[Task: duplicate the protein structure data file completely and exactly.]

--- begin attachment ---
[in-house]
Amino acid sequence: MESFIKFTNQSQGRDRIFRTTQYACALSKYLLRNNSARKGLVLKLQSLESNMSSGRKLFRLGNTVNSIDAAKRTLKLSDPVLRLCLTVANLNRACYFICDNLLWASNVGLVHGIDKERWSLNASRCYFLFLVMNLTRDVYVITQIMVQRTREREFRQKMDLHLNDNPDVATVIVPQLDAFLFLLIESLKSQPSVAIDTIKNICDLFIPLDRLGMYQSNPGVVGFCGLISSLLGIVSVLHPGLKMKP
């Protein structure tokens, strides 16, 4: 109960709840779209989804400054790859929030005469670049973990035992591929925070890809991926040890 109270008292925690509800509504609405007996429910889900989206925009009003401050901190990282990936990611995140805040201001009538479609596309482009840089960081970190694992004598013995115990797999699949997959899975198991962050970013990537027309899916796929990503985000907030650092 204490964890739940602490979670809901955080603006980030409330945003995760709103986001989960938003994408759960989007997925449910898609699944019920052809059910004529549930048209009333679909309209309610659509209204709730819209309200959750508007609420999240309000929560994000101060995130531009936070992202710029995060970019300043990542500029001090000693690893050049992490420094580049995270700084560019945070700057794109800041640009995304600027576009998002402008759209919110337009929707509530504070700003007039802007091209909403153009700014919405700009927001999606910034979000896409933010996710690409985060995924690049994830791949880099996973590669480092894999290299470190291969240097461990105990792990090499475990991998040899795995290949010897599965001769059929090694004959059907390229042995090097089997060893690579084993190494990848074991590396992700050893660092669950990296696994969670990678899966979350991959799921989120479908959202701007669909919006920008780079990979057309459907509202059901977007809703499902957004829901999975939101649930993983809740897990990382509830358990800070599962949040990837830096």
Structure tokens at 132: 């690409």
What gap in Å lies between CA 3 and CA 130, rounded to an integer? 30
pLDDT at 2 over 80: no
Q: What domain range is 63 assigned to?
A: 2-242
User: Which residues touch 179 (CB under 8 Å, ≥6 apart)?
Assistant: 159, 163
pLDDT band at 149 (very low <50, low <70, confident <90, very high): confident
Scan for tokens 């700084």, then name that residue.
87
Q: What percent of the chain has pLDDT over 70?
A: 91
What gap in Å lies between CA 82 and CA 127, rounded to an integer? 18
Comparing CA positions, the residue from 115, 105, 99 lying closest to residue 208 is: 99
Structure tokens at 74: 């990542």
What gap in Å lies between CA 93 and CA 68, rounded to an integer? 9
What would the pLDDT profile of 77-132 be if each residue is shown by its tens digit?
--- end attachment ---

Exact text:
[in-house]
Amino acid sequence: MESFIKFTNQSQGRDRIFRTTQYACALSKYLLRNNSARKGLVLKLQSLESNMSSGRKLFRLGNTVNSIDAAKRTLKLSDPVLRLCLTVANLNRACYFICDNLLWASNVGLVHGIDKERWSLNASRCYFLFLVMNLTRDVYVITQIMVQRTREREFRQKMDLHLNDNPDVATVIVPQLDAFLFLLIESLKSQPSVAIDTIKNICDLFIPLDRLGMYQSNPGVVGFCGLISSLLGIVSVLHPGLKMKP
């Protein structure tokens, strides 16, 4: 109960709840779209989804400054790859929030005469670049973990035992591929925070890809991926040890 109270008292925690509800509504609405007996429910889900989206925009009003401050901190990282990936990611995140805040201001009538479609596309482009840089960081970190694992004598013995115990797999699949997959899975198991962050970013990537027309899916796929990503985000907030650092 204490964890739940602490979670809901955080603006980030409330945003995760709103986001989960938003994408759960989007997925449910898609699944019920052809059910004529549930048209009333679909309209309610659509209204709730819209309200959750508007609420999240309000929560994000101060995130531009936070992202710029995060970019300043990542500029001090000693690893050049992490420094580049995270700084560019945070700057794109800041640009995304600027576009998002402008759209919110337009929707509530504070700003007039802007091209909403153009700014919405700009927001999606910034979000896409933010996710690409985060995924690049994830791949880099996973590669480092894999290299470190291969240097461990105990792990090499475990991998040899795995290949010897599965001769059929090694004959059907390229042995090097089997060893690579084993190494990848074991590396992700050893660092669950990296696994969670990678899966979350991959799921989120479908959202701007669909919006920008780079990979057309459907509202059901977007809703499902957004829901999975939101649930993983809740897990990382509830358990800070599962949040990837830096």
Structure tokens at 132: 């690409």
What gap in Å lies between CA 3 and CA 130, rounded to an integer? 30
pLDDT at 2 over 80: no
Q: What domain range is 63 assigned to?
A: 2-242
User: Which residues touch 179 (CB under 8 Å, ≥6 apart)?
Assistant: 159, 163
pLDDT band at 149 (very low <50, low <70, confident <90, very high): confident
Scan for tokens 């700084």, then name that residue.
87
Q: What percent of the chain has pLDDT over 70?
A: 91
What gap in Å lies between CA 82 and CA 127, rounded to an integer? 18
Comparing CA positions, the residue from 115, 105, 99 lying closest to residue 208 is: 99
Structure tokens at 74: 């990542």
What gap in Å lies between CA 93 and CA 68, rounded to an integer? 9
What would the pLDDT profile of 77-132 be if each residue is shown by its tens digit?